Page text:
ALBUM REVIEW: Perchta – D’Muata

Hailing from Tyrol, Austria, Perchta have exited since 2017 and are now releasing their second album, D’Muata (Prophecy Productions). Named after a goddess of Alpine Austrian paganism and led by Frau Percht, the band seek to marry a feminist perspective with folk-inspired black metal, whilst also focusing on the regional traditions of Tyrol. 

A glance at the lineup shows that dulcimers, zithers, acoustic guitars and a traditional instrument called the Teufelsgeige are included alongside the standard rock instruments. It is also notable that all of the lyrics are written in Tyrolean vernacular.

Sonically, D’Muata (translating as “the mother”) hits hard right from opener “Vom Verlånga”. As exemplified on that track, throughout the album acoustic sections give way to terrifying waves of all-encompassing tremelo-picked black metal. Whilst there are songs that lean more into the folk (such as the all-acoustic “Heiliges Bluat”) or metal elements (such as the truly forlorn “Långtuttin und Stampa”), the record is notable for its combining of these two aesthetics simultaneously. The dulcimer and other acoustic instruments generally continue to be played over the ferocious black metal sections, adding a mournful counterpoint to the walls of metal noise.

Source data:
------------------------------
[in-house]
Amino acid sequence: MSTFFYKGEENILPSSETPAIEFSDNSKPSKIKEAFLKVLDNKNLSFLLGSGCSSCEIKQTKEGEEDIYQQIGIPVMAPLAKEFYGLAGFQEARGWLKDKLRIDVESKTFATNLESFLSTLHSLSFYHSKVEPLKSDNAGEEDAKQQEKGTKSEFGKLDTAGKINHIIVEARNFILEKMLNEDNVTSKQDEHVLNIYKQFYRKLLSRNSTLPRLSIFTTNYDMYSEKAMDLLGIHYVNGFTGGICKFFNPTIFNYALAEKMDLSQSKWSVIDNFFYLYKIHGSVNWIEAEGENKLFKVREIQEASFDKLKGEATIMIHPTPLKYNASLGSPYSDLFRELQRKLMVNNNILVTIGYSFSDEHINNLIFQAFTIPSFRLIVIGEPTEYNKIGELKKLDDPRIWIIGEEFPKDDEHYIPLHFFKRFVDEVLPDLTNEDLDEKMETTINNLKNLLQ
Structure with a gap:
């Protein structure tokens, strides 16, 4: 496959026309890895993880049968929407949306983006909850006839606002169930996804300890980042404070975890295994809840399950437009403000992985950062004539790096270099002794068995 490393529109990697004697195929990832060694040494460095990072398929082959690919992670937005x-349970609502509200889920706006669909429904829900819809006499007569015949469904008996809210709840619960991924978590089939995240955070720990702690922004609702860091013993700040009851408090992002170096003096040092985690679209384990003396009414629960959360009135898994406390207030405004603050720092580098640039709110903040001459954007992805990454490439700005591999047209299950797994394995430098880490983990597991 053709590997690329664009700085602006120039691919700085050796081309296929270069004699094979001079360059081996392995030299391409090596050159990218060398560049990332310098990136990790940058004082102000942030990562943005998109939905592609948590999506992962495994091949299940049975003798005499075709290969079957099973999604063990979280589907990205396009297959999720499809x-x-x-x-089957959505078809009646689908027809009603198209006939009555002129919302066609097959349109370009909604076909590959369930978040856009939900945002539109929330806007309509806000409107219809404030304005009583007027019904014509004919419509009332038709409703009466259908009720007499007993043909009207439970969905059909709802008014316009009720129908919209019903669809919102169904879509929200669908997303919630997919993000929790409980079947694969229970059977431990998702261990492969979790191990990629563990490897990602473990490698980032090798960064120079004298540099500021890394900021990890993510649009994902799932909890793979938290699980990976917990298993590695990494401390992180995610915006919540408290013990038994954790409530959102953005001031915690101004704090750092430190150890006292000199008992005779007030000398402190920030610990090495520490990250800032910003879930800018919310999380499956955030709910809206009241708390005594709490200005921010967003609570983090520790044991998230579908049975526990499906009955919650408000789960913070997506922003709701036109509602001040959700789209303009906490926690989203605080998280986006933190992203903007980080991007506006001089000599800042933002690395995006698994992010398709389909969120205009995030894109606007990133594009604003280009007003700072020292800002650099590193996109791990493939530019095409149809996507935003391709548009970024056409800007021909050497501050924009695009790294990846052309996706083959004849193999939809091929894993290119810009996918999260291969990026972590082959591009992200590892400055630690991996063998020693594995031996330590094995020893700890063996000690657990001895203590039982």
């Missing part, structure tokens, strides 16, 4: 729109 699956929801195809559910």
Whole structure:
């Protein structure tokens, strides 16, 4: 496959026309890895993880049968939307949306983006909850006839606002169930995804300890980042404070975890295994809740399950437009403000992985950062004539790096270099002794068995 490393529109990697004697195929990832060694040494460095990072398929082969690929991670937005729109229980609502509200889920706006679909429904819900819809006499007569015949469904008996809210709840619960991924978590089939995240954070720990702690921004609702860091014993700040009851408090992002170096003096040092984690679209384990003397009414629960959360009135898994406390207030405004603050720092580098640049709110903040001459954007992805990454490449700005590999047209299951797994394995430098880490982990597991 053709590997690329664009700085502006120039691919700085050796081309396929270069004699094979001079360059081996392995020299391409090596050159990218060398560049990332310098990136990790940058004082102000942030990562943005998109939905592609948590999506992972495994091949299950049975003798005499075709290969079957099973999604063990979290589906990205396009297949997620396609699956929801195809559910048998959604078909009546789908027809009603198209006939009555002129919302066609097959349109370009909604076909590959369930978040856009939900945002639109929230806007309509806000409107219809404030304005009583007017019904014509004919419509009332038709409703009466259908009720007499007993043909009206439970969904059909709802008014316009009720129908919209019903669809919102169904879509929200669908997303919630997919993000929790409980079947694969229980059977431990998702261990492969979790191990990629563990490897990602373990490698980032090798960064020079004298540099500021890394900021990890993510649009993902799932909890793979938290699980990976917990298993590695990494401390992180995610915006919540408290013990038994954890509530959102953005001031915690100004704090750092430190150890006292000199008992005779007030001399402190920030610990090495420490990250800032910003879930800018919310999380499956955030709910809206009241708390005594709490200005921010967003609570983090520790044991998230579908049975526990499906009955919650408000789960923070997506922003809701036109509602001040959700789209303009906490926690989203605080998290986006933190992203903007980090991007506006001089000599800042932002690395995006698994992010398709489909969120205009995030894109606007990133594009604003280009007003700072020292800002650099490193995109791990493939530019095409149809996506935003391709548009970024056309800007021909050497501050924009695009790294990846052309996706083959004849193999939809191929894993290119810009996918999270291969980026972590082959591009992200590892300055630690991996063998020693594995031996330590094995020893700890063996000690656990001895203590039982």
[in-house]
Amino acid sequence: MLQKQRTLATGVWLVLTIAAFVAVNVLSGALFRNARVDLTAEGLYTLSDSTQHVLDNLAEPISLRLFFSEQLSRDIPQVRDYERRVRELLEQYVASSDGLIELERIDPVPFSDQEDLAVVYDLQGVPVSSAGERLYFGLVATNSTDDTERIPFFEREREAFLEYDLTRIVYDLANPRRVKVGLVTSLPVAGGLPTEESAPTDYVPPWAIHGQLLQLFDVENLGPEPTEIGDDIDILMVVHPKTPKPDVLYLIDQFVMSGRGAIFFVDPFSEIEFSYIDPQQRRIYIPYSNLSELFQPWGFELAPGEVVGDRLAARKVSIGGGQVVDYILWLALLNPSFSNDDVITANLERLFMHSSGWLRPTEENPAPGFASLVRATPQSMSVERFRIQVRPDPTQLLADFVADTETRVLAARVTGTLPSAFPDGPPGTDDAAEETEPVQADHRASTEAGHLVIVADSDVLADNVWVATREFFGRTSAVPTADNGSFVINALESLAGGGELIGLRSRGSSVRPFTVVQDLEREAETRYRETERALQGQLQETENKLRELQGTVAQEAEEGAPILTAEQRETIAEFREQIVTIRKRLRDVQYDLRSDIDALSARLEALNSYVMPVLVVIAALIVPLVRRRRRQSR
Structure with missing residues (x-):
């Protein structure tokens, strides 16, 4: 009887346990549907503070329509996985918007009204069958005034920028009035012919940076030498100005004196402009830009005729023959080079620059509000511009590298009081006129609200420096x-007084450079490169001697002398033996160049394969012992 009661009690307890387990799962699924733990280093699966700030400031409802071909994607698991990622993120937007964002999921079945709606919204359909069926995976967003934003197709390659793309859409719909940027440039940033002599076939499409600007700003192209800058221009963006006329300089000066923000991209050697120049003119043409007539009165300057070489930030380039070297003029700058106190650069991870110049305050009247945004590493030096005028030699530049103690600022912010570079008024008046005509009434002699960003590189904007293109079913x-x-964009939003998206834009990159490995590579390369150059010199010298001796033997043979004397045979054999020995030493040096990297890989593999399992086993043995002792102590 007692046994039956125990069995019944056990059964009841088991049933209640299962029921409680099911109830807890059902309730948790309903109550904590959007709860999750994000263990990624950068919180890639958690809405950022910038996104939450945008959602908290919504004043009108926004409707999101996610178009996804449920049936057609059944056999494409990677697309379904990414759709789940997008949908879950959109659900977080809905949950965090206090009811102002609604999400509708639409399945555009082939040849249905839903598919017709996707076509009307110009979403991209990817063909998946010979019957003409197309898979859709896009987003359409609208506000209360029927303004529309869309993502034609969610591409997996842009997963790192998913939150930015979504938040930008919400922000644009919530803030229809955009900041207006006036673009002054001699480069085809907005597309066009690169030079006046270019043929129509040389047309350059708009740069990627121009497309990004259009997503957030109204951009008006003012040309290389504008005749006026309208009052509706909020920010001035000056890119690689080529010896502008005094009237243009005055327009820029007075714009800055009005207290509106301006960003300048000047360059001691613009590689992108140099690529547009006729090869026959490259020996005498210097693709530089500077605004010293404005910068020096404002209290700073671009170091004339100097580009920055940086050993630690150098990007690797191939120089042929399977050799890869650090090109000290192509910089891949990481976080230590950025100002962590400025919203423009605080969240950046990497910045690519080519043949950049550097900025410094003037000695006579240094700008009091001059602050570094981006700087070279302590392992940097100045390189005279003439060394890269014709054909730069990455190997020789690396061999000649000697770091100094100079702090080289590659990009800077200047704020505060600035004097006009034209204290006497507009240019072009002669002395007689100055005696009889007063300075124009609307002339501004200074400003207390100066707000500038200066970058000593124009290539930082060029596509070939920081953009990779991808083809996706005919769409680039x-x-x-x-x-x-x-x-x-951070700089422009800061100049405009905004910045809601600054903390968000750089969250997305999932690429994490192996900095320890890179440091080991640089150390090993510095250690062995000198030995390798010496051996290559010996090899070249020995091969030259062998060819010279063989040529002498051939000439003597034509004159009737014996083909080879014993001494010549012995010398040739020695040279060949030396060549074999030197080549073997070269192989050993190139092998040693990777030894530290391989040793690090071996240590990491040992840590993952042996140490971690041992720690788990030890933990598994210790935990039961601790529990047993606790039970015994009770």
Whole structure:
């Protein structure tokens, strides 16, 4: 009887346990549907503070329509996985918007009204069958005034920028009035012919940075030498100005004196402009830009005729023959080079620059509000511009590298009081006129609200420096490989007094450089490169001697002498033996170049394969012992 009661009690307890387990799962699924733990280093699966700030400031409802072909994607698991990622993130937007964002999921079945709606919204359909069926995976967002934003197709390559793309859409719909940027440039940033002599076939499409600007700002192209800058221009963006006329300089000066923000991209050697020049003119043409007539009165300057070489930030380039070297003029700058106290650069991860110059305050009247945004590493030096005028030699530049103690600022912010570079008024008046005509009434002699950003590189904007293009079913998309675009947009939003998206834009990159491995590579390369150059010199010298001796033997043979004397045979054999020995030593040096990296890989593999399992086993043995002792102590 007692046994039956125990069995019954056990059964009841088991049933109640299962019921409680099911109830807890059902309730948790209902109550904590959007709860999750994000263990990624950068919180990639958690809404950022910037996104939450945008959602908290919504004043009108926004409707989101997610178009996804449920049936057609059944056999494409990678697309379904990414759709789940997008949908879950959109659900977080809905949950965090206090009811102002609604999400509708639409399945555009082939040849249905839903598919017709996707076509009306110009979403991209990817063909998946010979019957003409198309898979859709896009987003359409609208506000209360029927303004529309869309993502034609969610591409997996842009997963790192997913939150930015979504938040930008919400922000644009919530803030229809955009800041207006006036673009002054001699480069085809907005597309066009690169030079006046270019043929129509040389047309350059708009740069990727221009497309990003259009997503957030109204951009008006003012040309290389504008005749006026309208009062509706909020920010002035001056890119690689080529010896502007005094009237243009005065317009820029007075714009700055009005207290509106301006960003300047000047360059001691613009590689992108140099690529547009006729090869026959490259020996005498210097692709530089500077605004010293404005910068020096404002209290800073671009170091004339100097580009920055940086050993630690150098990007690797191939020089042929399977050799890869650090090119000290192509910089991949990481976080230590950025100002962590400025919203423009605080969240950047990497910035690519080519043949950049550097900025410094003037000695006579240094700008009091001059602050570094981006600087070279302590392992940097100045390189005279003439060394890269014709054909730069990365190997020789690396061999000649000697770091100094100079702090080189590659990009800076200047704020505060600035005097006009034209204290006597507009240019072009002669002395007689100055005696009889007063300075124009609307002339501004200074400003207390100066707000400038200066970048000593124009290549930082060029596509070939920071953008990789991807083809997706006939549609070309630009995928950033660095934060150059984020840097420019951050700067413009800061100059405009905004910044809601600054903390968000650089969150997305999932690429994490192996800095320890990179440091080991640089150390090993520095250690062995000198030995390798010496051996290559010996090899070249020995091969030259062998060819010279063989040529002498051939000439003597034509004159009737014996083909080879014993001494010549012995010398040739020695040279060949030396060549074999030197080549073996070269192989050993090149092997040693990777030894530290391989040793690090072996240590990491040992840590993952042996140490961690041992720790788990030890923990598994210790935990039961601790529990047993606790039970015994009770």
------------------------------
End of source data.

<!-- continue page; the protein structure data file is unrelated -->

Perhaps the most impressive and electrifying feature of D’Muata is Frau Percht’s vocals. Bewitching and frightening, she alternates between truly blood-curdling screams, mysterious whispers and beautifully commanding melodic vocals. Listening to her often feels like being present at some kind of purging ritual, such is the emotional rawness. 

D’Muata’s heavy sections, whilst viscerally fierce, are more slick than those in your average black metal. There are several virtuosic guitar solos (on “Vom Verlånga”, for example) and some songs (such as “Ois wås man san”) get close to melodic death metal territory. Whilst black metal purists may find these segments a little too precise and perfect, the record still contains plenty of raw and maniacal textures.

Album highlights include “Mei Dianä Mei Bua” with its flowing and majestic melodies; “Heiliges Bluat”, which features a particularly moving and furious vocal performance; the seemingly relentless blastbeat sections of “Långtuttin und Stampa”; and the title track, with its soaring vocals

D’Muata is a profoundly intense and cathartic listen that borrows from both the folk and extreme metal genres to create an experience as stirring as it is horrifying.

Buy the album here: 

7 / 10